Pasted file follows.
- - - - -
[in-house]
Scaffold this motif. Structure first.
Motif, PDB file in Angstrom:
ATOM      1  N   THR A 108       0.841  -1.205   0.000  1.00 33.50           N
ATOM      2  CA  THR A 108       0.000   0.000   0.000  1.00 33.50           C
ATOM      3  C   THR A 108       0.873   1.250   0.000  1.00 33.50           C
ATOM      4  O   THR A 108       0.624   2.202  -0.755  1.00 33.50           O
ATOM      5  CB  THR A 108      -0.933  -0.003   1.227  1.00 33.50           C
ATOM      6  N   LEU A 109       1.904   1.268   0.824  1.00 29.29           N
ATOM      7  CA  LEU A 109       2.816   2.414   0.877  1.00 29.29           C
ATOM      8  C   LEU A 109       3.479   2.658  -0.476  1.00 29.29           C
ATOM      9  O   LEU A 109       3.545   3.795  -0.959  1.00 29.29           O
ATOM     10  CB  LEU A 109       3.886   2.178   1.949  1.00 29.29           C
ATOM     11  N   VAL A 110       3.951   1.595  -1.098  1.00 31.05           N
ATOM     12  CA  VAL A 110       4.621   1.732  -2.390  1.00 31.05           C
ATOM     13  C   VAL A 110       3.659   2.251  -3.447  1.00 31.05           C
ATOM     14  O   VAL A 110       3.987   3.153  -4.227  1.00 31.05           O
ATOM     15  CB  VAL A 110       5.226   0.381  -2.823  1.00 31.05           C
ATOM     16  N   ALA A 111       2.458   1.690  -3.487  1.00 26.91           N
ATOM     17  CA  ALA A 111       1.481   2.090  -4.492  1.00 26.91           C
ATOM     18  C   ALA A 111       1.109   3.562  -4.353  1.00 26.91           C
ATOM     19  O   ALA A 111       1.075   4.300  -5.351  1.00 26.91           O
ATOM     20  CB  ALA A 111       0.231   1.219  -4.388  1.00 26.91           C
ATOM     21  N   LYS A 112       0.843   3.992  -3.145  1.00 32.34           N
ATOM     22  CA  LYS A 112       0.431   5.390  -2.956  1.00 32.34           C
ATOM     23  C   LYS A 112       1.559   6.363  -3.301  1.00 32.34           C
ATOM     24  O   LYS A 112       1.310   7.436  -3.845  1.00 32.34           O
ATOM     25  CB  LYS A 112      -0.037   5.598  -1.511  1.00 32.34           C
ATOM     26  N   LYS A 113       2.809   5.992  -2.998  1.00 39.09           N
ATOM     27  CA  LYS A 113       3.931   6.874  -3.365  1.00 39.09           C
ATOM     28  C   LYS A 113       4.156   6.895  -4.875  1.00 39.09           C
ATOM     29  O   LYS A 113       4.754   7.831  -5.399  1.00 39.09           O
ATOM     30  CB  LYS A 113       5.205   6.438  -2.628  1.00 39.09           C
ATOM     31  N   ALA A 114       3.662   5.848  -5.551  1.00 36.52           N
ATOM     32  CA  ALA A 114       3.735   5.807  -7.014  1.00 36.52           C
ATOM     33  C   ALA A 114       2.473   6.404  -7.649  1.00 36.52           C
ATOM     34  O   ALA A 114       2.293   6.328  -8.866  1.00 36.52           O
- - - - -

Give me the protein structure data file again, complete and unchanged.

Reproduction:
[in-house]
Scaffold this motif. Structure first.
Motif, PDB file in Angstrom:
ATOM      1  N   THR A 108       0.841  -1.205   0.000  1.00 33.50           N
ATOM      2  CA  THR A 108       0.000   0.000   0.000  1.00 33.50           C
ATOM      3  C   THR A 108       0.873   1.250   0.000  1.00 33.50           C
ATOM      4  O   THR A 108       0.624   2.202  -0.755  1.00 33.50           O
ATOM      5  CB  THR A 108      -0.933  -0.003   1.227  1.00 33.50           C
ATOM      6  N   LEU A 109       1.904   1.268   0.824  1.00 29.29           N
ATOM      7  CA  LEU A 109       2.816   2.414   0.877  1.00 29.29           C
ATOM      8  C   LEU A 109       3.479   2.658  -0.476  1.00 29.29           C
ATOM      9  O   LEU A 109       3.545   3.795  -0.959  1.00 29.29           O
ATOM     10  CB  LEU A 109       3.886   2.178   1.949  1.00 29.29           C
ATOM     11  N   VAL A 110       3.951   1.595  -1.098  1.00 31.05           N
ATOM     12  CA  VAL A 110       4.621   1.732  -2.390  1.00 31.05           C
ATOM     13  C   VAL A 110       3.659   2.251  -3.447  1.00 31.05           C
ATOM     14  O   VAL A 110       3.987   3.153  -4.227  1.00 31.05           O
ATOM     15  CB  VAL A 110       5.226   0.381  -2.823  1.00 31.05           C
ATOM     16  N   ALA A 111       2.458   1.690  -3.487  1.00 26.91           N
ATOM     17  CA  ALA A 111       1.481   2.090  -4.492  1.00 26.91           C
ATOM     18  C   ALA A 111       1.109   3.562  -4.353  1.00 26.91           C
ATOM     19  O   ALA A 111       1.075   4.300  -5.351  1.00 26.91           O
ATOM     20  CB  ALA A 111       0.231   1.219  -4.388  1.00 26.91           C
ATOM     21  N   LYS A 112       0.843   3.992  -3.145  1.00 32.34           N
ATOM     22  CA  LYS A 112       0.431   5.390  -2.956  1.00 32.34           C
ATOM     23  C   LYS A 112       1.559   6.363  -3.301  1.00 32.34           C
ATOM     24  O   LYS A 112       1.310   7.436  -3.845  1.00 32.34           O
ATOM     25  CB  LYS A 112      -0.037   5.598  -1.511  1.00 32.34           C
ATOM     26  N   LYS A 113       2.809   5.992  -2.998  1.00 39.09           N
ATOM     27  CA  LYS A 113       3.931   6.874  -3.365  1.00 39.09           C
ATOM     28  C   LYS A 113       4.156   6.895  -4.875  1.00 39.09           C
ATOM     29  O   LYS A 113       4.754   7.831  -5.399  1.00 39.09           O
ATOM     30  CB  LYS A 113       5.205   6.438  -2.628  1.00 39.09           C
ATOM     31  N   ALA A 114       3.662   5.848  -5.551  1.00 36.52           N
ATOM     32  CA  ALA A 114       3.735   5.807  -7.014  1.00 36.52           C
ATOM     33  C   ALA A 114       2.473   6.404  -7.649  1.00 36.52           C
ATOM     34  O   ALA A 114       2.293   6.328  -8.866  1.00 36.52           O